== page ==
Blephamide

Blephamide treats eye inflammation and bacterial infections of the eye. Do not use Blephamide if you have viral or fungal eye infections.

Blephamide Overview

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Blephamide is a prescription medication used to treat eye inflammation and bacterial infections of the eye.

It is a combination product containing two medications: sulfacetamide and prednisolone. Sulfacetamide belongs to a class of medications called sulfonamide antibacterials. These work by preventing bacteria from making certain chemicals they need in order to survive. Prednisolone belongs to a class of medications called corticosteroids, which reduce inflammation by preventing the body from making chemicals that are involved in inflammation.

This medication comes in eye ointment form and is typically applied three or four times daily and once or twice at night.

Common side effects of Blephamide include allergic skin reactions, skin irritation, and delayed wound healing.

 

Patient Ratings for Blephamide

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What are you taking Blephamide for?

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  • Other
  • Adrenal Insufficiency
  • Bacterial Infections
  • Collagen Diseases
  • Conjunctivitis
  • Corneal Ulcer
  • Dermatitis, Seborrheic
  • Ear Diseases
  • Edema
  • Gastrointestinal Diseases
  • Hematologic Diseases
  • Hypersensitivity
  • Inflammation
  • Neoplasms
  • Respiratory Tract Diseases
  • Rheumatic Diseases
  • Skin Diseases
  • Skin Diseases, Bacterial
  • Trachoma

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  • Less than a week
  • A couple weeks
  • A month or so
  • A few months
  • A year or so
  • Two years or more

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Blephamide Cautionary Labels

precautionsprecautionsprecautions

Uses of Blephamide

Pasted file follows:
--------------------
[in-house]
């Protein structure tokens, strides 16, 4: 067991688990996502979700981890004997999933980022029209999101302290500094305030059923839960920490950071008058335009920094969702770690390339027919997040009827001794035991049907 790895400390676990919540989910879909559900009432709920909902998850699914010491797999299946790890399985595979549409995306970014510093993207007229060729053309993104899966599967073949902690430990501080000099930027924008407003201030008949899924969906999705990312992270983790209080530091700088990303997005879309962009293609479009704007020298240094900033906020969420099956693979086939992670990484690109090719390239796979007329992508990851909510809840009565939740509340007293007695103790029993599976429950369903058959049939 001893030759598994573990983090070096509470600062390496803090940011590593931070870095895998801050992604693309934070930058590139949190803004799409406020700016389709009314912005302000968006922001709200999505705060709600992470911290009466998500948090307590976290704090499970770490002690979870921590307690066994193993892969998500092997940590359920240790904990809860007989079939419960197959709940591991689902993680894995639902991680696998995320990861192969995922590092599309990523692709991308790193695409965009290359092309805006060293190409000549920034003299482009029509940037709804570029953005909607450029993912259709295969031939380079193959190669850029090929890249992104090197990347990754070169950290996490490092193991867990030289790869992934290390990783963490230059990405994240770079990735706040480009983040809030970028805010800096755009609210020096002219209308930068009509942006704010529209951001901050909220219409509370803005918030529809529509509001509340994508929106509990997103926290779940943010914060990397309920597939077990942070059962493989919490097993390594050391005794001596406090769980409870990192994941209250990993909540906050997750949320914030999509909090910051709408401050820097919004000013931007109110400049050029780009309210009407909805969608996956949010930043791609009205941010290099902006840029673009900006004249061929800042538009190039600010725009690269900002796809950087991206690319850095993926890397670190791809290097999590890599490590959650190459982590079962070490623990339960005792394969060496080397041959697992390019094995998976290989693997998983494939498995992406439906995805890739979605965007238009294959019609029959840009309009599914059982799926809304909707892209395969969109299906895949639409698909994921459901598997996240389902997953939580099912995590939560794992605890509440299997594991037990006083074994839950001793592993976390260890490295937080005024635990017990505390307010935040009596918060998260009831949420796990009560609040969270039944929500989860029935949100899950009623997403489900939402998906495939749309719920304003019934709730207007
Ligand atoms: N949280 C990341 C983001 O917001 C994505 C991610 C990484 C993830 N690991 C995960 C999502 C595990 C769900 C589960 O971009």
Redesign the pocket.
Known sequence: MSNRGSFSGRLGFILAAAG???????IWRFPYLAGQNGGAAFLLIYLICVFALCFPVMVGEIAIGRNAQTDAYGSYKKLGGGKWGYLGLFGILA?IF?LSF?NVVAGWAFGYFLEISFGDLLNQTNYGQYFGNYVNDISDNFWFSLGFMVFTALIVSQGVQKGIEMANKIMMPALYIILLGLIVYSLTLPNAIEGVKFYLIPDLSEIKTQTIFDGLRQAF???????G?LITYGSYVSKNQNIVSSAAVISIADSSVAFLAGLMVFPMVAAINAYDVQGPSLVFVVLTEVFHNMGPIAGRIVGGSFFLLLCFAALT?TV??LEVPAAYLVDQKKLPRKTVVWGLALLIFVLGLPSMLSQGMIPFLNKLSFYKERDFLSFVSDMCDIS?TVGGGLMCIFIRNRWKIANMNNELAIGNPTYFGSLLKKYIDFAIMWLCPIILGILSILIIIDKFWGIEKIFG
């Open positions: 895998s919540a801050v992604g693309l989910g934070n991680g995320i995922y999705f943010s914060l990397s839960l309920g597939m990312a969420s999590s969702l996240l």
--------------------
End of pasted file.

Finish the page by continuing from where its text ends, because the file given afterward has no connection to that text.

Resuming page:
Blephamide is a prescription medication used to treat inflammatory conditions of the eye and bacterial infections of the eye caused by susceptible bacteria.

Blephamide is not effective in treating bacterial eye infections caused by Neisseria species, Pseudomonas species, and Serratia marcescens.

This medication may be prescribed for other uses. Ask your doctor or pharmacist for more information.

Manufacturer

Generics

Blephamide consists of multiple generic medications. The generic medications are listed below.

Prednisolone

For more information on this medication choose from the list of selections below.

Sulfacetamide

For more information on this medication choose from the list of selections below.

Blephamide Drug Class

Blephamide is part of the drug class:

Side Effects of Blephamide

Serious side effects have been reported with Blephamide. See the “Blephamide Precautions” section.

Common side effects of Blephamide include the following:

  • allergic skin reactions
  • skin irritation
  • delayed wound healing
  • increased blood pressure in the eye

This is not a complete list of Blephamide side effects. Ask your doctor or pharmacist for more information.

Tell your doctor if you have any side effect that bothers you or that does not go away.

Call your doctor for medical advice about side effects. You may report side effects to the FDA at 1-800-FDA-1088.

Blephamide Interactions

Tell your doctor about all the medicines you take, including prescription and non-prescription medicines, vitamins, and herbal supplements. Especially tell your doctor if you take:

  • medications, supplements, or alternative medication products containing silver
  • procaine
  • tetracaine
  • chloroprocaine

This is not a complete list of Blephamide drug interactions. Ask your doctor or pharmacist for more information.

Blephamide Precautions

Serious side effects have been reported with Blephamide including the following:

  • Bacterial and fungal corneal ulcers. Consult your physician right away and stop taking Blephamide if you experience severe eye pain and/or pus or blood discharge from the eye.
  • Non-specific conjunctivitis, conjunctival hyperemia, and secondary infections. Consult your physician right away and stop taking Blephamide if you experience eye hypersensitivity, eye aggravation, eye swelling, or severe eye pain.
  • Stevens-Johnson syndrome and toxic epidermal necrolysis. Consult your physician right away and stop taking Blephamide if you experience skin rashes or other serious reactions after taking Blephamide.
  • High blood pressure of the eye and/or glaucoma. If Blephamide is used for 10 days or longer, eye blood pressure should be routinely monitored.